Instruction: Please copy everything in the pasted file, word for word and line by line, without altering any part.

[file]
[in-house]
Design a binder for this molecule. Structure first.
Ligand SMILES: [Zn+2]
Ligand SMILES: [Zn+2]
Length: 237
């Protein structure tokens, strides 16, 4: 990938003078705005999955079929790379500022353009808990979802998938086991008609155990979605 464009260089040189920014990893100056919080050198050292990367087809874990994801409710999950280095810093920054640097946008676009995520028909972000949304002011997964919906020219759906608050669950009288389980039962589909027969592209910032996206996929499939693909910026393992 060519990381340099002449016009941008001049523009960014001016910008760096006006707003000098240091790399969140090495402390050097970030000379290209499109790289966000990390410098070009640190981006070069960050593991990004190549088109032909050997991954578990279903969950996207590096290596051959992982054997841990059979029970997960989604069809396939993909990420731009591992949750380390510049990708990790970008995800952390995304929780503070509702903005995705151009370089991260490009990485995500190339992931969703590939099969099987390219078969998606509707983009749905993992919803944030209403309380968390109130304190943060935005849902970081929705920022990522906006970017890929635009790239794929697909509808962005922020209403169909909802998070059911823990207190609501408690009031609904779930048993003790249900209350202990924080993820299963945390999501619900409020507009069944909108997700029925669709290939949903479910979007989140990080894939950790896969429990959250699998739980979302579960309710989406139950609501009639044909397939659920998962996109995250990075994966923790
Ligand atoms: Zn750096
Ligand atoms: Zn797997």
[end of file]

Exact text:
[in-house]
Design a binder for this molecule. Structure first.
Ligand SMILES: [Zn+2]
Ligand SMILES: [Zn+2]
Length: 237
């Protein structure tokens, strides 16, 4: 990938003078705005999955079929790379500022353009808990979802998938086991008609155990979605 464009260089040189920014990893100056919080050198050292990367087809874990994801409710999950280095810093920054640097946008676009995520028909972000949304002011997964919906020219759906608050669950009288389980039962589909027969592209910032996206996929499939693909910026393992 060519990381340099002449016009941008001049523009960014001016910008760096006006707003000098240091790399969140090495402390050097970030000379290209499109790289966000990390410098070009640190981006070069960050593991990004190549088109032909050997991954578990279903969950996207590096290596051959992982054997841990059979029970997960989604069809396939993909990420731009591992949750380390510049990708990790970008995800952390995304929780503070509702903005995705151009370089991260490009990485995500190339992931969703590939099969099987390219078969998606509707983009749905993992919803944030209403309380968390109130304190943060935005849902970081929705920022990522906006970017890929635009790239794929697909509808962005922020209403169909909802998070059911823990207190609501408690009031609904779930048993003790249900209350202990924080993820299963945390999501619900409020507009069944909108997700029925669709290939949903479910979007989140990080894939950790896969429990959250699998739980979302579960309710989406139950609501009639044909397939659920998962996109995250990075994966923790
Ligand atoms: Zn750096
Ligand atoms: Zn797997």